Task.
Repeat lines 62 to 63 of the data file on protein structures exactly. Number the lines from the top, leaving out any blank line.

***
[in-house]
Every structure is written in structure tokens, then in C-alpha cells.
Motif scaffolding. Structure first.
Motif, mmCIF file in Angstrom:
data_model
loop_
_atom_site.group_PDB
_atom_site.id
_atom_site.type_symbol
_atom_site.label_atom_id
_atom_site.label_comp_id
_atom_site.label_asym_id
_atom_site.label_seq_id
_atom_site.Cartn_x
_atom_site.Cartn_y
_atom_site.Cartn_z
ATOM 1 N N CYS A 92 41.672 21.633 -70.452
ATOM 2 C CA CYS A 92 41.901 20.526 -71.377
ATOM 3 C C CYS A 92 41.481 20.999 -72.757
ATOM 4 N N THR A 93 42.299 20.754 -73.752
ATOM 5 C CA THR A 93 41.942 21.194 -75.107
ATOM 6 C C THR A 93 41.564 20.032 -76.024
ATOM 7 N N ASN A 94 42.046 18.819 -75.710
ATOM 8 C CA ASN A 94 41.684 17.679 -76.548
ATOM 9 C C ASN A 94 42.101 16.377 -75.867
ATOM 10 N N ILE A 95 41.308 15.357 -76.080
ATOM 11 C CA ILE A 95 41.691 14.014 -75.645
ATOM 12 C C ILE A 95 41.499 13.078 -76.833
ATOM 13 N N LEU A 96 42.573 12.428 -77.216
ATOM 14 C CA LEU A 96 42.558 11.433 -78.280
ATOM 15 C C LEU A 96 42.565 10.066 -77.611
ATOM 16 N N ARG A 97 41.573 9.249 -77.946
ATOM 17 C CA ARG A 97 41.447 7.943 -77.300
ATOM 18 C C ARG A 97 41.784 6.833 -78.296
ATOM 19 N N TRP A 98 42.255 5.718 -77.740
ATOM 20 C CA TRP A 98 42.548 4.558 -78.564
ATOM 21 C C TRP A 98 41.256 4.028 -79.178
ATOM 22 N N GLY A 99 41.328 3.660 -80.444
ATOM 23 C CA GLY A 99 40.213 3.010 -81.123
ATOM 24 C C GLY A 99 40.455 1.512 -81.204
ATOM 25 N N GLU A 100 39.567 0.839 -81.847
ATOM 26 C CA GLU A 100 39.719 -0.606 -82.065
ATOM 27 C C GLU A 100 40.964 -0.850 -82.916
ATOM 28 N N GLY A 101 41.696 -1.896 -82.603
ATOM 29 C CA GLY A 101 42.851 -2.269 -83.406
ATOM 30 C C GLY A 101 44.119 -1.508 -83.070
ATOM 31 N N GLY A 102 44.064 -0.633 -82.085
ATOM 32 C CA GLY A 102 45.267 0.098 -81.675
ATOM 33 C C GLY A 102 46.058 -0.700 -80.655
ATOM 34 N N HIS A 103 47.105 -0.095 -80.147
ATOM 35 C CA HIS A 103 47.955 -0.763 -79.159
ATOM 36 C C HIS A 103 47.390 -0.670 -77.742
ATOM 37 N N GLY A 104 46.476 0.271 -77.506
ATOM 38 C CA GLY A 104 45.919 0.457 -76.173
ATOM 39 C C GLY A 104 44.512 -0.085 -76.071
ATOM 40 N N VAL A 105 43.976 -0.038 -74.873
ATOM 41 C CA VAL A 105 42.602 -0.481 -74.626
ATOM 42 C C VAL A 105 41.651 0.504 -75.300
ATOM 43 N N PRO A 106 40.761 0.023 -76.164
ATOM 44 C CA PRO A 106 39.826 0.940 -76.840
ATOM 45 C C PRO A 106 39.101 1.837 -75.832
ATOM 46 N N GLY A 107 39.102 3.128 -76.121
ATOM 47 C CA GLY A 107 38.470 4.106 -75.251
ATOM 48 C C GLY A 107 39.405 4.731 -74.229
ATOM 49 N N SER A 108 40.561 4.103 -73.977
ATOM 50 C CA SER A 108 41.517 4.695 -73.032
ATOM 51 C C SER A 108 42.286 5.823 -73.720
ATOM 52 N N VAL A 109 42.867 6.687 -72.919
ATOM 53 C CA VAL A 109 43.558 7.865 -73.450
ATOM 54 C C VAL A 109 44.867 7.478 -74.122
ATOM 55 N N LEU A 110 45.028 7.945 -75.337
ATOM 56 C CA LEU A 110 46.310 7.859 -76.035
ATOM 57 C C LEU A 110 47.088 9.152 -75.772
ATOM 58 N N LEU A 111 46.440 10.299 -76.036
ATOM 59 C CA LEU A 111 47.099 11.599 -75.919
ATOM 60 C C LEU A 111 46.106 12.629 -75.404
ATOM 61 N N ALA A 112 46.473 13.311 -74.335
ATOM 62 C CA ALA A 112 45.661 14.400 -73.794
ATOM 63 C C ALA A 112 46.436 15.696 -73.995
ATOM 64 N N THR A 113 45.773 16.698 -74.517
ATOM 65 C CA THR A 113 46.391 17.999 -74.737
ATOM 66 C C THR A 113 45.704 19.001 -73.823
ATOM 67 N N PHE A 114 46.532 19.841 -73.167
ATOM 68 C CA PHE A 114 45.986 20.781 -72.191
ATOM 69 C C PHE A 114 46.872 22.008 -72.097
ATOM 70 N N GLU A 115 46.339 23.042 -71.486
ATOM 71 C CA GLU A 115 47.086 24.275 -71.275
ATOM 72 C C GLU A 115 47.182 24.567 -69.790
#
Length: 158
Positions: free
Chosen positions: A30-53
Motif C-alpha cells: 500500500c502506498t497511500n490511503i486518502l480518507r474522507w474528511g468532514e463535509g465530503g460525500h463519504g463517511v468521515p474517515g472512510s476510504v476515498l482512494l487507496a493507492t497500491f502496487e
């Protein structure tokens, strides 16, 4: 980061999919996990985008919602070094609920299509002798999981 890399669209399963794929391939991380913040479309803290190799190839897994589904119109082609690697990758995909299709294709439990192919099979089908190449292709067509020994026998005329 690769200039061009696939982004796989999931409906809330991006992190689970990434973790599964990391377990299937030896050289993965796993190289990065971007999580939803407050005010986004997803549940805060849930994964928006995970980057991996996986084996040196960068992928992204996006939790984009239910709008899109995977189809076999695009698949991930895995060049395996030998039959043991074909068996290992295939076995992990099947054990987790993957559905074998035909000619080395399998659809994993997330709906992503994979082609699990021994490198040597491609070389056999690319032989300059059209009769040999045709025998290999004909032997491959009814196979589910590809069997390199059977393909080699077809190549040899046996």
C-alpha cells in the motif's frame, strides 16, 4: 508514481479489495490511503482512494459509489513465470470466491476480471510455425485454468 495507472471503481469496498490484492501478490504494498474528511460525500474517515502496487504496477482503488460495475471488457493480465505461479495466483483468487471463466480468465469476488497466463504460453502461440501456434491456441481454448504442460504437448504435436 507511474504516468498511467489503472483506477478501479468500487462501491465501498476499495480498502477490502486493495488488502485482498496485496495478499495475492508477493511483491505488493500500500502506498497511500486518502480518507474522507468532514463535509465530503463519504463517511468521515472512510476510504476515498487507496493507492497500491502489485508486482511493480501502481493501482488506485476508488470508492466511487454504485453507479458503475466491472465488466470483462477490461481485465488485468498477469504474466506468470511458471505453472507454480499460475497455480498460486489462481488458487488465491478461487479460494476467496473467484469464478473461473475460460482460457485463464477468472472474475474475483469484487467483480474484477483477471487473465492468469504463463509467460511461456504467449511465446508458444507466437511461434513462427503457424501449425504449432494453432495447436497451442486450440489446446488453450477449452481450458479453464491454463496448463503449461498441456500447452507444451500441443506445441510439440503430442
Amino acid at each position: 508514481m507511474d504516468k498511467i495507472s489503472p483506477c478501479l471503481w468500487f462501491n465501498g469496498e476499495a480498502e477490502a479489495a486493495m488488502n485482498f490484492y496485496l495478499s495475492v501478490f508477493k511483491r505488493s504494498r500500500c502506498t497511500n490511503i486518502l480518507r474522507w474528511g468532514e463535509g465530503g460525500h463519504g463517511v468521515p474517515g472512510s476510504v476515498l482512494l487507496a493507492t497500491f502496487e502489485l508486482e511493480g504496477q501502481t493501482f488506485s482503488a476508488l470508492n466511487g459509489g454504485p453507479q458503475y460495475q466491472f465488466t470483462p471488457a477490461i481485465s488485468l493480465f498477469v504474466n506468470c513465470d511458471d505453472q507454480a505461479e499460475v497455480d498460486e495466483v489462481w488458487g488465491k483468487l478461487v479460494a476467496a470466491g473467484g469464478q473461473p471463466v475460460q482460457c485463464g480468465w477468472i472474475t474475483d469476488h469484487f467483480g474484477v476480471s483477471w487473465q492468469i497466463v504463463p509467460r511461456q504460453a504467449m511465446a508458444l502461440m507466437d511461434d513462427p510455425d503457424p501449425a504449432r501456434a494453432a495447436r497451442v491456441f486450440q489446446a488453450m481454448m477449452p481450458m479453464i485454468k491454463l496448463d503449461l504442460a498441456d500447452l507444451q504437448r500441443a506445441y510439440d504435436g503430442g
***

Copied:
ATOM 46 N N GLY A 107 39.102 3.128 -76.121
ATOM 47 C CA GLY A 107 38.470 4.106 -75.251